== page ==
N. Korean test missile flies 500km, lands in Sea of Japan
“The flight distance was about 500 kilometres, and South Korea and the United States are conducting a close-up analysis on additional information,” South Korea’s Office of Joint Chiefs of Staff said in a statement.
“US Strategic Command systems detected and tracked what we assess was a North Korean missile launch at 4:55 p.m. CST...The missile was tracked over North Korea and into the Sea of Japan,” the Pentagon said as quoted by Reuters. It added that the launch never posed a threat to the US, calling the projectile “a medium- or intermediate-range ballistic missile.”
South Korean military earlier said that the missile “appears not be an ICBM in terms of range,” as cited by Yonhap news agency. Kim Jong Un said Pyongyang was preparing to test a new intercontinental ballistic missile in his New Year speech.
The suspected missile type is Hwasong-10, or Musudan intermediate-range ballistic missile, which has a range of 3,000 kilometers.
“Our assessment is that it is part of a show of force in response to the new US administration’s hardline position against the North,” the military said.
South Korean Prime Minister Hwang Kyo-ahn, who is also currently the country’s acting president, has vowed to “punish” the North for its latest missile launch. South Korea “is doing its best to ensure a corresponding response to punish the North” in coordination with the international community, he said, as cited by Yonhap.
In the meantime, the country’s presidential security director, Kim Kwan Jin, discussed the issue with President Donald Trump’s national security adviser, Michael Flynn, during a phone call, according to the South Korean president’s office. The two officials strongly condemned the launch and agreed to use all possible means to prevent further North Korean provocations.
The launch comes just a day after a meeting between US President Donald Trump and Japanese PM Shinzo Abe, during which Trump emphasized US military support for Japan, calling their alliance “a cornerstone of peace, prosperity, and freedom” in a joint statement.
The leaders also pledged to exert joint pressure on North Korea, “strongly” urging it to scrap the nuclear and ballistic missile programs and “not take any further provocative actions.”
Trump’s administration was expecting the “provocation” to take place, and is now mulling a response, a source told Reuters.
“This was no surprise. The North Korean leader likes to draw attention at times like this,” the unnamed source said, adding that new sanctions on Pyongyang, an increased presence of the US Navy and Air Force in the region, or an indirect attempt to pressure North Korea into stopping the tests are being considered.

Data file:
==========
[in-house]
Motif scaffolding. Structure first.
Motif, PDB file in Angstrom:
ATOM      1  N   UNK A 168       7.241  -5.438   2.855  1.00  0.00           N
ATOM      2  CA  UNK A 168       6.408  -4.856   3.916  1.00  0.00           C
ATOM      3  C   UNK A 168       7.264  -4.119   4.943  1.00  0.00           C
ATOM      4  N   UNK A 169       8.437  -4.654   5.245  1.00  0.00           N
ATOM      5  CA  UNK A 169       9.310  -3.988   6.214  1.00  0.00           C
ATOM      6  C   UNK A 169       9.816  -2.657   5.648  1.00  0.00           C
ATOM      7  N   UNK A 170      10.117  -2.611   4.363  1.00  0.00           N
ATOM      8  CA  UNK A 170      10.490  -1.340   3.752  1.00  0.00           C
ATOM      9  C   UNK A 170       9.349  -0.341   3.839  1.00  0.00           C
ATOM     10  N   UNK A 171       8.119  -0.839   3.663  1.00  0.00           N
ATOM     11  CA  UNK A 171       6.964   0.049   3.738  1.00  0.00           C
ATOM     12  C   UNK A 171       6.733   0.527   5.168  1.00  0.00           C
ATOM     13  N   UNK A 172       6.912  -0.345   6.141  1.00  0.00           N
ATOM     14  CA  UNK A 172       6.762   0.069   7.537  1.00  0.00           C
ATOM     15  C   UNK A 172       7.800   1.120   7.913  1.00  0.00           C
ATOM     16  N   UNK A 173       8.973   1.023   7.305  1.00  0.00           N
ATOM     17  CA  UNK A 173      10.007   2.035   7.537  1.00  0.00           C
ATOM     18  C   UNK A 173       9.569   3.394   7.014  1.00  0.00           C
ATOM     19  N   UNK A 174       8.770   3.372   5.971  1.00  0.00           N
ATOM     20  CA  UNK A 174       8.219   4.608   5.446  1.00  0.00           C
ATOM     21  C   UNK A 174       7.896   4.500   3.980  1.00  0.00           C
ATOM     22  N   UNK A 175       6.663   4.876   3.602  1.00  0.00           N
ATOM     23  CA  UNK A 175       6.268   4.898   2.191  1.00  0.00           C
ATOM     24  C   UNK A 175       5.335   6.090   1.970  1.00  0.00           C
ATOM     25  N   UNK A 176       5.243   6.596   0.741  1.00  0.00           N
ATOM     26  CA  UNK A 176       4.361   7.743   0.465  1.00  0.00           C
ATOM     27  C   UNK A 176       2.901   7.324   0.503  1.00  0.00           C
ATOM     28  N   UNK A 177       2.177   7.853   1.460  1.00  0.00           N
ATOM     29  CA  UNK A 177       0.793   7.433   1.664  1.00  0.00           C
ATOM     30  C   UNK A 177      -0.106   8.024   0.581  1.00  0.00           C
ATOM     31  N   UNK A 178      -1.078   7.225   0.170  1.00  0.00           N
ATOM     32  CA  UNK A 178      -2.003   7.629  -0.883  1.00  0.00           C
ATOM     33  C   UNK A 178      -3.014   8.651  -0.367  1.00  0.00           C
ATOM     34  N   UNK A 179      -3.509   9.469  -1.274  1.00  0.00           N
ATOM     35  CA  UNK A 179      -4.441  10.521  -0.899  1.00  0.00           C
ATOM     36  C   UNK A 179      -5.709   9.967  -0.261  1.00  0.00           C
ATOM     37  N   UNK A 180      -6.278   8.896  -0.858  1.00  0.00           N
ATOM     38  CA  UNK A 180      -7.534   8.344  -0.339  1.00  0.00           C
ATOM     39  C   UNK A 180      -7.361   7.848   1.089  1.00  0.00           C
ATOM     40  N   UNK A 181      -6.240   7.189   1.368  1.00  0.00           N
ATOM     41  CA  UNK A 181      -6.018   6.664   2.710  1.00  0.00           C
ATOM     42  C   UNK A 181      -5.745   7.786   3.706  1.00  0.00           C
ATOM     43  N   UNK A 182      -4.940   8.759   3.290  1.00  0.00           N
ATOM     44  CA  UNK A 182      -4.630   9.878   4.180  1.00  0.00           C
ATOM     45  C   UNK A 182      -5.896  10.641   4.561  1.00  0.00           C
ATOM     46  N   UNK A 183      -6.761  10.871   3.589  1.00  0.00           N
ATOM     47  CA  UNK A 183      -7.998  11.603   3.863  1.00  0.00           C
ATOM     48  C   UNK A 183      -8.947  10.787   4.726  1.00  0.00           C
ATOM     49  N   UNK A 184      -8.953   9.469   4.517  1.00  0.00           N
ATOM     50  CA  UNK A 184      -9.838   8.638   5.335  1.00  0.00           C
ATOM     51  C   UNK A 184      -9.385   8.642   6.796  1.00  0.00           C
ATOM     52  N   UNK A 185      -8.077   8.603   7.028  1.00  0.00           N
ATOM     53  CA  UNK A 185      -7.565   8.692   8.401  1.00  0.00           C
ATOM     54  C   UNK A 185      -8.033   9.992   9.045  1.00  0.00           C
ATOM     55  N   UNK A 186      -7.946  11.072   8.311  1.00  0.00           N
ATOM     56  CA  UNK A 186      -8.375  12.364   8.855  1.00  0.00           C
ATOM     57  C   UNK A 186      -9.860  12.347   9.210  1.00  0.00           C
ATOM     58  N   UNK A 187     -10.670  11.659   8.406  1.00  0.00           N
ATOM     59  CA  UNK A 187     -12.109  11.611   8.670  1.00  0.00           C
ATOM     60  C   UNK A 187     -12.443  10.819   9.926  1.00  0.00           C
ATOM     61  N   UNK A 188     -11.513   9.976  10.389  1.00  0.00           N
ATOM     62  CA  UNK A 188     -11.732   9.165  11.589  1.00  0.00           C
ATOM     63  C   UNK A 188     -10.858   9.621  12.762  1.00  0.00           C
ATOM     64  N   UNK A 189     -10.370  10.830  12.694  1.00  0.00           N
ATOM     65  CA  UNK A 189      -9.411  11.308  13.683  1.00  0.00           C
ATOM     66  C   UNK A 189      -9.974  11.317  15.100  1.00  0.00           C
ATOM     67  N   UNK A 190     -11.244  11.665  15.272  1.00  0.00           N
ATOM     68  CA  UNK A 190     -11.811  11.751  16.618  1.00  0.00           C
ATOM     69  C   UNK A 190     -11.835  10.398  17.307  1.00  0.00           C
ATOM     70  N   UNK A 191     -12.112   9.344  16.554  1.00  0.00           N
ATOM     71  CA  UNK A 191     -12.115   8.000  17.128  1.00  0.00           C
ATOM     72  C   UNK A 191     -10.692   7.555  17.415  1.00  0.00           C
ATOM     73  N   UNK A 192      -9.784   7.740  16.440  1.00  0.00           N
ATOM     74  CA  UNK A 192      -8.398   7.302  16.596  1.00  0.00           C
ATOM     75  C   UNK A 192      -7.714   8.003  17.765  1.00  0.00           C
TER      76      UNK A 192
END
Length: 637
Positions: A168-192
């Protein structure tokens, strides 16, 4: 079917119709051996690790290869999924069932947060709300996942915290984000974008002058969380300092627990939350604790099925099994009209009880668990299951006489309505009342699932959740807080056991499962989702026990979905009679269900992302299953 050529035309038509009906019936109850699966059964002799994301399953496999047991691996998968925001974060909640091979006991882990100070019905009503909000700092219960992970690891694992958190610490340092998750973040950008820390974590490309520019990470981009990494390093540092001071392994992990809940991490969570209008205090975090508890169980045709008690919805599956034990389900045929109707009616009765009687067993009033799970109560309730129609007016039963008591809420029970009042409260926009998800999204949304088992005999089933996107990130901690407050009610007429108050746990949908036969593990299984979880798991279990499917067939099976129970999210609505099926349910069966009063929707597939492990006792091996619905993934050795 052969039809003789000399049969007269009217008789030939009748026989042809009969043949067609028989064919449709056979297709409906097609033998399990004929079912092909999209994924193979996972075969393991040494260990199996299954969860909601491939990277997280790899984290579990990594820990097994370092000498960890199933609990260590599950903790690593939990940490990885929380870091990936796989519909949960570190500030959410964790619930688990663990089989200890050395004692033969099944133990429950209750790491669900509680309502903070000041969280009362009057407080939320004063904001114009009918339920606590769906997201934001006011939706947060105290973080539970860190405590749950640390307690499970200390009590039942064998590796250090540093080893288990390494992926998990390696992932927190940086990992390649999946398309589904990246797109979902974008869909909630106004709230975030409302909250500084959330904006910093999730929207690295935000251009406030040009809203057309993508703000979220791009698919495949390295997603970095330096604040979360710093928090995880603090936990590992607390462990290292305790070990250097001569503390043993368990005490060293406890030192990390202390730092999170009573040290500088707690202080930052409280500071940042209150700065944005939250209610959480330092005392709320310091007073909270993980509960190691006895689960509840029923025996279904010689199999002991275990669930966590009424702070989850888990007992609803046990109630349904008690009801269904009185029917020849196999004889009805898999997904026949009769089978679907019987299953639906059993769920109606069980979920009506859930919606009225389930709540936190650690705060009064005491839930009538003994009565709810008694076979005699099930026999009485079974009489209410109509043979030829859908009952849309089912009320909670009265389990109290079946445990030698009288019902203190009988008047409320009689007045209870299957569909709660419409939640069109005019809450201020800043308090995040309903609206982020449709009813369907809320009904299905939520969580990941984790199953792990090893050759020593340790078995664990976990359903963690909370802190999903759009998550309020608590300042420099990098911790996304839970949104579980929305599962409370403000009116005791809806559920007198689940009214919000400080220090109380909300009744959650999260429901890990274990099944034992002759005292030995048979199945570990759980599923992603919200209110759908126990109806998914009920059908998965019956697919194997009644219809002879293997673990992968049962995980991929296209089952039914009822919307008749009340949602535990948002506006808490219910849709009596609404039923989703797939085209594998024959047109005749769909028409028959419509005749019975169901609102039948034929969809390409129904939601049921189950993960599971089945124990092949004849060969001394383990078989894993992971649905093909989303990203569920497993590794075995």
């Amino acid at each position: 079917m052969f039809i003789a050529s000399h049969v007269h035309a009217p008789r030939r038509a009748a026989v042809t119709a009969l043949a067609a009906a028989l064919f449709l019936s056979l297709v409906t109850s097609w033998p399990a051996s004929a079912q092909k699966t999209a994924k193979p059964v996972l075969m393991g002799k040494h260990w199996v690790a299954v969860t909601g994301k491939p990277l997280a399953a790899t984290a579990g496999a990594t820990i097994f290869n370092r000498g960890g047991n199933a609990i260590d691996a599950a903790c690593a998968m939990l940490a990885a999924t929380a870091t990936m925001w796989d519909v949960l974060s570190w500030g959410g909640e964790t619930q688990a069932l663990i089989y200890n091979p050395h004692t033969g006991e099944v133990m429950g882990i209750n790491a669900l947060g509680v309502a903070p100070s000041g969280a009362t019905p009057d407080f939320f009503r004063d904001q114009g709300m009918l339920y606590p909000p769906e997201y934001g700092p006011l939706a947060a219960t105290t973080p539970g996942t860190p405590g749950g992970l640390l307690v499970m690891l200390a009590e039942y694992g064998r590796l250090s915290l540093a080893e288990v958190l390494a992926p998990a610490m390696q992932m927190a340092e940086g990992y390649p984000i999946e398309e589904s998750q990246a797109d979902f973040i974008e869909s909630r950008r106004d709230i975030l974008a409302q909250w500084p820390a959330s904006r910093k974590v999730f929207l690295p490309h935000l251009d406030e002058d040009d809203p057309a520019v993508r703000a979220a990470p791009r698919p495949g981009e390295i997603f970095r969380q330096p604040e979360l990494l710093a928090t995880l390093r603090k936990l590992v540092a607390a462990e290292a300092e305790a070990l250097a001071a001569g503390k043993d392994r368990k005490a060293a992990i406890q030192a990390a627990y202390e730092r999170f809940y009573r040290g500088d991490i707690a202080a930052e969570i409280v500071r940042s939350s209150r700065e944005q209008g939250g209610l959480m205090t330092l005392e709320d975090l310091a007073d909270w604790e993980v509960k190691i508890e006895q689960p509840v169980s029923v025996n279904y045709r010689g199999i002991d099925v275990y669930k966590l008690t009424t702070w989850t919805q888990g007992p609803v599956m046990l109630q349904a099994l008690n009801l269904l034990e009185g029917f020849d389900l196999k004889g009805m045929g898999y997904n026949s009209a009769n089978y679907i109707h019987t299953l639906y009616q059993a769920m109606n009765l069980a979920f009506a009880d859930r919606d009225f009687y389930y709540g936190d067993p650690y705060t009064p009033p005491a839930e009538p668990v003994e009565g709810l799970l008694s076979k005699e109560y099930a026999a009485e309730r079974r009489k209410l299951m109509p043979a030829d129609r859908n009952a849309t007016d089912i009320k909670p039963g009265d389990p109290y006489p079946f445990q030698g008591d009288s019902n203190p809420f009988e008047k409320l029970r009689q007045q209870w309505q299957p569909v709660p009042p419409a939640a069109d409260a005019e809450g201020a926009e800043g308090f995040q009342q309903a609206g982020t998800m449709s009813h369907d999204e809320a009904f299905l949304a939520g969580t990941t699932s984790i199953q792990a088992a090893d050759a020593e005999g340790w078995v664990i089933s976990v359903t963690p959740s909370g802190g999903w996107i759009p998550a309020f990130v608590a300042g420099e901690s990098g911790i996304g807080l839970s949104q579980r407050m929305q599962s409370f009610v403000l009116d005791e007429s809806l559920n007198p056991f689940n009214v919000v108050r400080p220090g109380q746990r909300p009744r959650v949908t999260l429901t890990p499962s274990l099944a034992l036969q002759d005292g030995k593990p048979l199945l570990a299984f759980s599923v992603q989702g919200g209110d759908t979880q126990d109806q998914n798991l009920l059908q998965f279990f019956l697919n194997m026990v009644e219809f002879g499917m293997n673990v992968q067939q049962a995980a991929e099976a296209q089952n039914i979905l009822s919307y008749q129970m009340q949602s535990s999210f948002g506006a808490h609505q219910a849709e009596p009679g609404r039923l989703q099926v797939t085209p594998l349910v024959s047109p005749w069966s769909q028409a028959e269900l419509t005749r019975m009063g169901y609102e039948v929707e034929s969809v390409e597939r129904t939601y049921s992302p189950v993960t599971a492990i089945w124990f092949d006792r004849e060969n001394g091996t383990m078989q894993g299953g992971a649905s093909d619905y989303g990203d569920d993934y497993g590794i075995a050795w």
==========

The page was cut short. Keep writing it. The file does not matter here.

Reportedly, Trump could attempt to “step up pressure on China” to end the tests, the official said.
Meanwhile, Abe said the launch was “absolutely unacceptable.” He spoke at a joint news conference with Trump, who added that the US is “behind Japan, our great ally, 100 percent.”
On January 1, Kim Jong-un said that “research and development of cutting edge arms equipment is actively progressing and ICBM rocket test launch preparation is in its last stage.”
This prompted a response from then-US President-elect Trump.
“North Korea just stated that it is in the final stages of developing a nuclear weapon capable of reaching parts of the U.S. It won't happen!” Trump tweeted at the time.
North Korea has repeatedly claimed it was close to developing an intercontinental ballistic missile able to carry a nuclear warhead as far as the West Coast of the US. Despite frequent launch failures and absence of evidence Pyongyang’s missiles were getting close to such a capability, Washington has been closely following the development with concern.
The last time North Korea claimed to have launched a long-range ballistic missile, it was hit by a new round of sanctions by the UNSC. Following the launch of a satellite on February 7, 2015, that was preceded by the country’s fourth nuclear test on January 6, the UNSC adopted Resolution 2270. The document further restricted trade with North Korea, envisioning mandatory inspection of all cargo leaving or entering the North Korean territory. All imports and transfers of small arms and light weapons to the country were also blocked.